I was driven by the pressure of getting those words down. My mind was full of the writer’s greatest question, What if? But in this case, my “What ifs” had nothing to do with the story I was writing. I worried, What if I got sick and didn’t feel like writing for a week? What if my hands got too sore from typing and I couldn’t type anymore? What if I ran out of ideas? What if something happened to my computer?
So I felt like I needed to get it all done upfront just in case. It meant long hours, not much sleep, less family time and too much stress.
This year I decided to pace myself – to take the risk that something might come up, that I might have a bad week, that for some reason I might spend a couple of days writing nothing,
And I have to say it’s all working better for me. The ideas are flowing easier because the brain isn’t under so much stress, the body feels better because I’m not using caffeine to keep it upright. And although I’ve written way fewer words than last year I feel calmer and more positive that I will reach my goal of 50,000 words.
10 TIPS FOR NANOWRIMO
1. Set yourself realistic goals. Don’t go for ‘pie in the sky’. If there’s no way you can write 2000 words in a day then don’t expect it of yourself.
2. Don’t put yourself under ridiculous pressure. Don’t stress out if you have a nil or bad word count day. Remember there’s always tomorrow and the next day.
3. Celebrate the amazing word counts of writerly colleagues but don’t feel you have to match them – this is your race and everyone works at a different pace.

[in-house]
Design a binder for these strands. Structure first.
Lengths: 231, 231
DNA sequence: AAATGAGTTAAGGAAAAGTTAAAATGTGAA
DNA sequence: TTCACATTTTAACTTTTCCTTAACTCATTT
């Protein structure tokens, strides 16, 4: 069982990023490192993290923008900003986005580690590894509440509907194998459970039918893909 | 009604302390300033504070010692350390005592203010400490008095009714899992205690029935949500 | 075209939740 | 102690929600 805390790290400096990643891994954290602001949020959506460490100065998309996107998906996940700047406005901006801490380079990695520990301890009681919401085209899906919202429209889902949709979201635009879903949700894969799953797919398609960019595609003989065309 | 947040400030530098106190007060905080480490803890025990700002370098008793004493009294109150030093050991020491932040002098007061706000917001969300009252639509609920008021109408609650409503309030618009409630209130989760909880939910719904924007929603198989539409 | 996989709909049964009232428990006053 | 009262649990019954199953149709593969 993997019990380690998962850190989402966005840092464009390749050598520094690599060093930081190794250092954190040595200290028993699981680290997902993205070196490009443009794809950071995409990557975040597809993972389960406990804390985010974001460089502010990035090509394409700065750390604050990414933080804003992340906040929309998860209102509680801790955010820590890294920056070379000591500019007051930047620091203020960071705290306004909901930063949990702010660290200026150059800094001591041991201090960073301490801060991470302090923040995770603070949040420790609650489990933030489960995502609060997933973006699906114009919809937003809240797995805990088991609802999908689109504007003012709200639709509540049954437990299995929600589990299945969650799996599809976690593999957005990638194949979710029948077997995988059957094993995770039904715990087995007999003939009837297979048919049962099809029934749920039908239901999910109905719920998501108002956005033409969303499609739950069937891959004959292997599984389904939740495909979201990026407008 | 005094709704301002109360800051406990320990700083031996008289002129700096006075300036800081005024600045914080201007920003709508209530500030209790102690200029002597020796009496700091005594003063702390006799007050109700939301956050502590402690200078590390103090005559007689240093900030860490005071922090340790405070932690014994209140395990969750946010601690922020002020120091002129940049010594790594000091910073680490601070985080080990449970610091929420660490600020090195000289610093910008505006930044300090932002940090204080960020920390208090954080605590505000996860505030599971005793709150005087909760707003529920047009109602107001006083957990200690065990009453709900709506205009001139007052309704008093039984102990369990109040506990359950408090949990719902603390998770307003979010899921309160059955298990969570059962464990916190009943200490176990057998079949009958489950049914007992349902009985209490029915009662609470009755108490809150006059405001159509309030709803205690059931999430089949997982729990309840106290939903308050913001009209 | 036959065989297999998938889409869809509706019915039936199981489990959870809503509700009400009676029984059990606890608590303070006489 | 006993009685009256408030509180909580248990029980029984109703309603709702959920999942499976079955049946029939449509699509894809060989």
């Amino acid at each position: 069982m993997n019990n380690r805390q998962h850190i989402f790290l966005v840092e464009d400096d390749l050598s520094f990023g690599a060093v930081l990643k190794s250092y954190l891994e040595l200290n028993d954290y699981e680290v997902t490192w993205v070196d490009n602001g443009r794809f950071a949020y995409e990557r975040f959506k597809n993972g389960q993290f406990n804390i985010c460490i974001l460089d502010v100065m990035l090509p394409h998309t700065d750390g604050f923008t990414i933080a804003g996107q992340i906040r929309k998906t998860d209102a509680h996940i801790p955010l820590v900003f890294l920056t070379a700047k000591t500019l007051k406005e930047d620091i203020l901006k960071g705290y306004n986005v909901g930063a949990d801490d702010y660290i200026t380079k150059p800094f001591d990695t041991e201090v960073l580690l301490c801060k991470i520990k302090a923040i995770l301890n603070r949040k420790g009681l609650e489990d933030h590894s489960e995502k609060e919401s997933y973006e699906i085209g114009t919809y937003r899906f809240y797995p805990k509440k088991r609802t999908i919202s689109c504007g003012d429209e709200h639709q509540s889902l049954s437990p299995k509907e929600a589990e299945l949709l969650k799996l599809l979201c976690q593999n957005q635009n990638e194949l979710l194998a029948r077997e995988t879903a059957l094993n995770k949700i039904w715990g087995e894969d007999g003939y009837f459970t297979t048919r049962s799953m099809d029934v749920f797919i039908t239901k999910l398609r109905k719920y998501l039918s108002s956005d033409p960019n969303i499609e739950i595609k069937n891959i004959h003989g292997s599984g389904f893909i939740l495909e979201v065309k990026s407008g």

4. Rest when you need to, drink water and make sure you walk, jog or whatever you like to do. I find that moving about is really great for releasing the creativity.
5. Tell people you are doing NaNoWriMo. It helps strengthen your commitment
6. Allow yourself thinking time to work out where your story will go next.
7. Celebrate each word, Attempting NaNoWriMo is an achievement in itself.
8. Don’t count your words all the time. Back off and tally them at the end of the day.
9. If you’re feeling sluggish, find a writerly friend to have a word war with – get the adrenaline going again.
10. Work around your commitments to set yourself a regular time of day to write. Treat your writing like any other daily activity – brushing teeth, having breakfast. Incorporate your writing in your routine.
It’s still early days for NaNoWriMo 2011 but I’d love to hear how your going and if you have tips you’d like to share.
Feel free to leave your comments on this blog.
P.S. This week my Writing Classes For Kids blog has more great tips about developing good writing habits and there’s also a post and writing activity about story problems.